Sentence one: Lois Lane believes that Superman can fly. Sentence two: Lois Lane believes that Clark Kent can fly. Sentence one is true. Sentence two is false, because Lois Lane doesn't know that Superman and Clark Kent are one and the same person. From this, it seems reasonable to conclude that it's the substitution of the name "Superman" for "Clark Kent" that changes the sentence from true to false. Let's call that our intuition. And let's call the truth or falsity of a sentence its truth value Simple enough. But trust a philosopher to make trouble with even the simple things, as UCSD philosophy major Andre Niemeyer is about to do here. And it's not even as if he's some young rabble-rouser out to mess with the system. (In fact, he's 28.) Instead, he's presenting what he terms "a well-worn problem in the philosophy of language."
To begin his assault on the seemingly obvious, Niemeyer lays out three generally accepted ideas about language. The first: Proper names that refer to the same thing have the same meaning. In this case, "Superman" and "Clark Kent" mean the same thing, since they both refer to the same person. The second principle: "Embedding a proper name in a belief context does not change its meaning." That is, putting "Superman" and "Clark Kent" in sentences about Lois Lane's beliefs doesn't change the meaning of "Superman" and "Clark Kent." Got it. And for principle number three: "The meaning of a sentence comes from its structure and from the meaning of its parts."
Now -- "If we accept that sentences with the same meaning must have the same truth value" -- a reasonable claim in Niemeyer's opinion -- "then the truth value of the sentences must be one and the same." So, because sentence one and sentence two mean the same thing, they must have the same truth value. But our intuition was that they did not have the same truth value. Figure that one out, Man of Steel.
Niemeyer is presenting all this as his contribution to the 2006 UCSD Faculty Mentor Program Research Symposium. "I was already doing some work related to this as part of my honors thesis," he explains to his fellow presenters, gathered in Gallery A of the University's Price Center (the gallery is more of a spacious conference room, adjacent to the computer lounge). "I got the McNair Fellowship" -- a PhD-preparation program funded by the Department of Education -- "and said, 'Hey, I'd like to do something around this field.' "
This particular group is one of several gathered throughout the Price Center. Niemeyer's fellows are a pretty motley collection, hailing from the realms of philosophy, arts, and cultural studies. One student is studying computer music and improvisation in the jazz department and has been researching sound descriptors. A philo/communications major has made a study of deadpan performances on film, focusing especially on Bill Murray in Broken Flowers and Johnny Depp in Dead Man. A Filipino girl is examining the "contested debate over tradition and innovation in cultural forms," while a psych/Judaic studies major is looking at rationality in the ancient world. Andre Niemeyer is digging into brain teasers about Superman. And tonight, they're all making presentations based on their research, with a short Q&A after each.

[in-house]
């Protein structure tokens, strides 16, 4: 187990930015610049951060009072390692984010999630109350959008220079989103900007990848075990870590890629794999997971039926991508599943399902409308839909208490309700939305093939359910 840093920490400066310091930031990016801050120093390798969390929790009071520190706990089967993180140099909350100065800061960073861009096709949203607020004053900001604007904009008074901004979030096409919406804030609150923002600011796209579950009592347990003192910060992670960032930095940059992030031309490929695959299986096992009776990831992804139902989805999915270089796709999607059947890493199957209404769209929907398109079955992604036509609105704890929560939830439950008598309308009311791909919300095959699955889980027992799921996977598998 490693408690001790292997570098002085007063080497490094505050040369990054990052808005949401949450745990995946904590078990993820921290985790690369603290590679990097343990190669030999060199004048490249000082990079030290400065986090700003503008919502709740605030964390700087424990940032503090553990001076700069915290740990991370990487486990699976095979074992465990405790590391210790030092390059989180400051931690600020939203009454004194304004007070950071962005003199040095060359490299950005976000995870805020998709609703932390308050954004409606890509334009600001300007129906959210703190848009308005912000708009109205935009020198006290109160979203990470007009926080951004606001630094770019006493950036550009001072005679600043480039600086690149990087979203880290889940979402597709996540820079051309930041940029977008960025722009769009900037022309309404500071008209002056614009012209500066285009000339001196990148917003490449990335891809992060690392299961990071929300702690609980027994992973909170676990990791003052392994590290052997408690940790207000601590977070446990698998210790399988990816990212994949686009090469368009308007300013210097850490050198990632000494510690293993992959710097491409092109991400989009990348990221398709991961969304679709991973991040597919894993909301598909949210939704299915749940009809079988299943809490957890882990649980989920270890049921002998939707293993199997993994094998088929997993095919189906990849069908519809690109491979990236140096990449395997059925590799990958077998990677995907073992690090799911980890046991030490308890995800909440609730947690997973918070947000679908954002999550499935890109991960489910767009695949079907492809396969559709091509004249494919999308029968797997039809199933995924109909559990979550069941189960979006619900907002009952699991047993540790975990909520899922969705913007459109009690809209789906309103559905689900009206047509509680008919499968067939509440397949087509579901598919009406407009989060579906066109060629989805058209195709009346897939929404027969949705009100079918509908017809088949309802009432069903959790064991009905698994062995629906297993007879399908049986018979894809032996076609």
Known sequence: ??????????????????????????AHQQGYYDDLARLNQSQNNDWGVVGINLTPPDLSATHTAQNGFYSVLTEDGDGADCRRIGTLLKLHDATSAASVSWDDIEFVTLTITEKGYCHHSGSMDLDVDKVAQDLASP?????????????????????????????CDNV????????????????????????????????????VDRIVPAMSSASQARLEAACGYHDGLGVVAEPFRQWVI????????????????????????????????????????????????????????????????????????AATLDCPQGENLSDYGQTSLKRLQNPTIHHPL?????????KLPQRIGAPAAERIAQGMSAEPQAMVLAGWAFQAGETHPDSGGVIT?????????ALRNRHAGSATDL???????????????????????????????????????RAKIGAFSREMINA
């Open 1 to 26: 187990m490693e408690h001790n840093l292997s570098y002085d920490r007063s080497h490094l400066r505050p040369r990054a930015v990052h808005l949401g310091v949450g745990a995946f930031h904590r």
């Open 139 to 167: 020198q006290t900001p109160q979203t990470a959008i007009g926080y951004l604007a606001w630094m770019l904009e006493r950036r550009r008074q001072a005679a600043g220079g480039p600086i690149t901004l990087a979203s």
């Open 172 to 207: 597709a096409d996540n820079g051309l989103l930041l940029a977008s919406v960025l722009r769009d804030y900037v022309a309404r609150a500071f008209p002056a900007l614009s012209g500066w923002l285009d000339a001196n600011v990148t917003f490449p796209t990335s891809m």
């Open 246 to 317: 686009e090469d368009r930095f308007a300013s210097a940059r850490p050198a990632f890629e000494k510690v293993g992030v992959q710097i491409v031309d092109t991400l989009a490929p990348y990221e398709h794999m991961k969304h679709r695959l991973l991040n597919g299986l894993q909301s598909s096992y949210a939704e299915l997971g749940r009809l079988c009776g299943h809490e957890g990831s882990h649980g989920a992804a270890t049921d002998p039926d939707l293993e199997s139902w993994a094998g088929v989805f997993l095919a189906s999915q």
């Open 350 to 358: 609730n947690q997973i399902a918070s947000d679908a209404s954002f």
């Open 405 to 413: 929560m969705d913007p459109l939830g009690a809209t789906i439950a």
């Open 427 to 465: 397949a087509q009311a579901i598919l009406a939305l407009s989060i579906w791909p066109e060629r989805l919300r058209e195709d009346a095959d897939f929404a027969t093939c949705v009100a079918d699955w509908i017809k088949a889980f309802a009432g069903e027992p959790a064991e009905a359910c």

Superman is up second, after the film presentation. It's a tough segue -- even if few people in the room have seen the films in question, everybody knows Murray and Depp, and everybody has at least a passing familiarity with cinematic analysis. But Niemeyer admits up front that "my research is on a very technical subject. I tried to get rid of as much jargon as I could, to make it intelligible to nonphilosophers. I'm not sure if I was successful in doing that." His tone is polite and self-deprecating, bordering on apologetic. To help matters, he's even brought a handout, "but I also expect that to be Greek to you, and that's assuming that you don't speak Greek."
You see, laying out the problem is just the beginning. Next up is a proposed solution, put forth by the English philosopher John Stuart Mill, one that embraces the semantic principles and rejects the intuition. Niemeyer proceeds carefully, even ploddingly -- he doesn't want to lose his audience. The result is that, by the time he finishes laying out the Millian solution -- which concludes that the content of sentences is not always the same as the content of the assertions made by the speaker of those sentences -- the moderator is telling him to wrap it up. That wouldn't be a problem, except the whole point of his presentation is to critique the Millian solution. As it is, all he's able to do is read off his three objections: the Millian solution gives you problems with iteration. Also, multiple assertions may be made by the same sentence. Finally, "Even if you try to motivate the theory by looking at metaphors, there is a major disanalogy between metaphoric and nonmetaphoric uses of sentences."
Mary Corrigan, retired USCD theater professor and panel moderator, opens the Q&A. "You know, I was just thinking during the first part: if you look at people who are rigid -- any rigid extremist religious group -- the interpretation of the Bible... This would seem to fit within the context of assuming certain things were absolutely true, based on the juxtaposition of words in the sentence. That just struck me. And it also struck me that this kind of syllogistic thinking, if you make those assumptions..."
Niemeyer jumps in, and I get the feeling that he is trying to affirm what he can, before syllogistic thinking comes under attack. "Right. Say that someone takes a biblical text out of context. The text as a whole might be trying to assert more than simply the content of the sentence. This is something that actually happens, and the Millian is trying to take this thing that actually happens and apply it to a very particular phenomenon of language."